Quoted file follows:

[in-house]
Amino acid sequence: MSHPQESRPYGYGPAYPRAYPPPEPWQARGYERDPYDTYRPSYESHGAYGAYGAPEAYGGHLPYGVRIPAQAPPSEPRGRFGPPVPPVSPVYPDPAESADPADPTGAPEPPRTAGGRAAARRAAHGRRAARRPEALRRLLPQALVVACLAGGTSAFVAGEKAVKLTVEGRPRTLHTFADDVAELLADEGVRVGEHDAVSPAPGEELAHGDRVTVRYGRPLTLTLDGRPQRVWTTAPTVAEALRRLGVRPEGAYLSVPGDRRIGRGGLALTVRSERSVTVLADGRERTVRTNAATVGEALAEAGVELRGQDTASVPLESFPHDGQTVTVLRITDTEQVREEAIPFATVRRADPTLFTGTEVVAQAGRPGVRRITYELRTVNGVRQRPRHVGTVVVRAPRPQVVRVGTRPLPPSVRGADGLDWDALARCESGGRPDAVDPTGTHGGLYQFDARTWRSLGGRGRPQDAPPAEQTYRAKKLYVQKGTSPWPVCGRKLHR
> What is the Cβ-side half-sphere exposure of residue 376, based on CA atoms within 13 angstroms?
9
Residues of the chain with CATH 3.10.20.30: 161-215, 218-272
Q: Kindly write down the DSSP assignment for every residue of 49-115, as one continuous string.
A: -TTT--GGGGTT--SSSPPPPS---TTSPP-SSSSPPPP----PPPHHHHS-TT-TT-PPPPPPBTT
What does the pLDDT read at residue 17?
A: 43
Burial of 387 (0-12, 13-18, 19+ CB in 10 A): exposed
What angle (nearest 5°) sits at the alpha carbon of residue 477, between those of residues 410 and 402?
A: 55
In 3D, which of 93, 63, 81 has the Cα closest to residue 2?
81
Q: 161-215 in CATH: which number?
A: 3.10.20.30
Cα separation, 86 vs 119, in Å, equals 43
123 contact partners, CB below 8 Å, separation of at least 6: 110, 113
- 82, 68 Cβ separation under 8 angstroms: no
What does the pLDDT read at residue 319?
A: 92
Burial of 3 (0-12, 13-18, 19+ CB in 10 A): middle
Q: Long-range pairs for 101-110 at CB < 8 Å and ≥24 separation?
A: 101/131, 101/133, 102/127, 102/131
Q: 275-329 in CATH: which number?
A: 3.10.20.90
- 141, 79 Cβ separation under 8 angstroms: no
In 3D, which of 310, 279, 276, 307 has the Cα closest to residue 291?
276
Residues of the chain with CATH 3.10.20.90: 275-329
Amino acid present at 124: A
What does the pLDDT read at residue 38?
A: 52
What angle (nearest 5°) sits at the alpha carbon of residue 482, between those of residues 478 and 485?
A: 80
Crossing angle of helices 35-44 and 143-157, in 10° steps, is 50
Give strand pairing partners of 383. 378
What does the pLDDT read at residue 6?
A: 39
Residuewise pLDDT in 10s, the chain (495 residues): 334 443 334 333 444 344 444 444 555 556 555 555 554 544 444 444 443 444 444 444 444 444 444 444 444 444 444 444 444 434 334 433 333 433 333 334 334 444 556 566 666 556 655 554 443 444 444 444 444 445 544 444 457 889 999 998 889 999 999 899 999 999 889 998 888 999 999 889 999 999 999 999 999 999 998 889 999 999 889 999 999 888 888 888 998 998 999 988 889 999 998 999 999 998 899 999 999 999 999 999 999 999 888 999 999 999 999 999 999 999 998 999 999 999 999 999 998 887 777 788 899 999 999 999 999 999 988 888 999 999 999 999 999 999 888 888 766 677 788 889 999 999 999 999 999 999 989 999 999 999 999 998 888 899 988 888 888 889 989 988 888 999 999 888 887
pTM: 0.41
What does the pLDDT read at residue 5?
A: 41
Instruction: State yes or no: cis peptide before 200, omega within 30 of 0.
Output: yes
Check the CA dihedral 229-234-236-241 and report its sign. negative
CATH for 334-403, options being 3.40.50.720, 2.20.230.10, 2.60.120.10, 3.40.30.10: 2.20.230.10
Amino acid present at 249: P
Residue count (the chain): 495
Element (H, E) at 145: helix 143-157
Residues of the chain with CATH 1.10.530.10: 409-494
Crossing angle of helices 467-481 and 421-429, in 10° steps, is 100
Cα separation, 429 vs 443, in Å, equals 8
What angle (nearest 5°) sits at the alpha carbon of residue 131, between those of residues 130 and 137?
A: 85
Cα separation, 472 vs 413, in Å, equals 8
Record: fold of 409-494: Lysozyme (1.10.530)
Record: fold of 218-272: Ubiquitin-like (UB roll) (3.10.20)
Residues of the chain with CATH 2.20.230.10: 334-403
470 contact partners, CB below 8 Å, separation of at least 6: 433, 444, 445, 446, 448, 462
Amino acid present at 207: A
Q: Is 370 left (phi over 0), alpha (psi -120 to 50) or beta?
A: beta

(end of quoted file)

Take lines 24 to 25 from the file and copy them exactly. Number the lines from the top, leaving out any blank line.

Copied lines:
A: 101/131, 101/133, 102/127, 102/131
Q: 275-329 in CATH: which number?